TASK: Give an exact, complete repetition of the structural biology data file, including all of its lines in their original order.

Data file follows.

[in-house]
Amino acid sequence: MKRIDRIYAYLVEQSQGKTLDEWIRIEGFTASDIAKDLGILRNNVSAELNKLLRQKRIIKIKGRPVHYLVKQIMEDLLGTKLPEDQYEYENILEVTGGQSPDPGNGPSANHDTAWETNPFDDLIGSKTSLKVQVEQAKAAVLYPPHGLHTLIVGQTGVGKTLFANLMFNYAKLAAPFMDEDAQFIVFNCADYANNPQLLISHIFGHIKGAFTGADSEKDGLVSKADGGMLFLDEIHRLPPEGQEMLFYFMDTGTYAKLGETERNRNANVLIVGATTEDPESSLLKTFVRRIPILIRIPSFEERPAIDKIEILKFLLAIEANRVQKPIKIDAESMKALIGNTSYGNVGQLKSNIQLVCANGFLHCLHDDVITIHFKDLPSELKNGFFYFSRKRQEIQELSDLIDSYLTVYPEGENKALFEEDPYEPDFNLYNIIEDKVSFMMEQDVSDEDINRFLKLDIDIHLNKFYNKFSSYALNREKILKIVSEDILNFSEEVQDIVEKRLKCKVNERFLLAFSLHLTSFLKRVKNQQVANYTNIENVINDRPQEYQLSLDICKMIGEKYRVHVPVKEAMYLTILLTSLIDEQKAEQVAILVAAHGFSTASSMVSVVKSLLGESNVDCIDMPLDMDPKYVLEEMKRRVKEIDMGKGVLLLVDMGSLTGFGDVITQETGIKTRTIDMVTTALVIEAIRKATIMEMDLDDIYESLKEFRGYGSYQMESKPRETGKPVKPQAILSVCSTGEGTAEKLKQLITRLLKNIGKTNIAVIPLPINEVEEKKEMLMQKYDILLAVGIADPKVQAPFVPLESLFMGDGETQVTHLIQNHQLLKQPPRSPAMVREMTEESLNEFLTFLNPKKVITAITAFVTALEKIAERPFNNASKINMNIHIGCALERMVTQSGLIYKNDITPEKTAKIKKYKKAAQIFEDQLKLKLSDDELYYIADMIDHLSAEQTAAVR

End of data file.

[in-house]
Amino acid sequence: MKRIDRIYAYLVEQSQGKTLDEWIRIEGFTASDIAKDLGILRNNVSAELNKLLRQKRIIKIKGRPVHYLVKQIMEDLLGTKLPEDQYEYENILEVTGGQSPDPGNGPSANHDTAWETNPFDDLIGSKTSLKVQVEQAKAAVLYPPHGLHTLIVGQTGVGKTLFANLMFNYAKLAAPFMDEDAQFIVFNCADYANNPQLLISHIFGHIKGAFTGADSEKDGLVSKADGGMLFLDEIHRLPPEGQEMLFYFMDTGTYAKLGETERNRNANVLIVGATTEDPESSLLKTFVRRIPILIRIPSFEERPAIDKIEILKFLLAIEANRVQKPIKIDAESMKALIGNTSYGNVGQLKSNIQLVCANGFLHCLHDDVITIHFKDLPSELKNGFFYFSRKRQEIQELSDLIDSYLTVYPEGENKALFEEDPYEPDFNLYNIIEDKVSFMMEQDVSDEDINRFLKLDIDIHLNKFYNKFSSYALNREKILKIVSEDILNFSEEVQDIVEKRLKCKVNERFLLAFSLHLTSFLKRVKNQQVANYTNIENVINDRPQEYQLSLDICKMIGEKYRVHVPVKEAMYLTILLTSLIDEQKAEQVAILVAAHGFSTASSMVSVVKSLLGESNVDCIDMPLDMDPKYVLEEMKRRVKEIDMGKGVLLLVDMGSLTGFGDVITQETGIKTRTIDMVTTALVIEAIRKATIMEMDLDDIYESLKEFRGYGSYQMESKPRETGKPVKPQAILSVCSTGEGTAEKLKQLITRLLKNIGKTNIAVIPLPINEVEEKKEMLMQKYDILLAVGIADPKVQAPFVPLESLFMGDGETQVTHLIQNHQLLKQPPRSPAMVREMTEESLNEFLTFLNPKKVITAITAFVTALEKIAERPFNNASKINMNIHIGCALERMVTQSGLIYKNDITPEKTAKIKKYKKAAQIFEDQLKLKLSDDELYYIADMIDHLSAEQTAAVR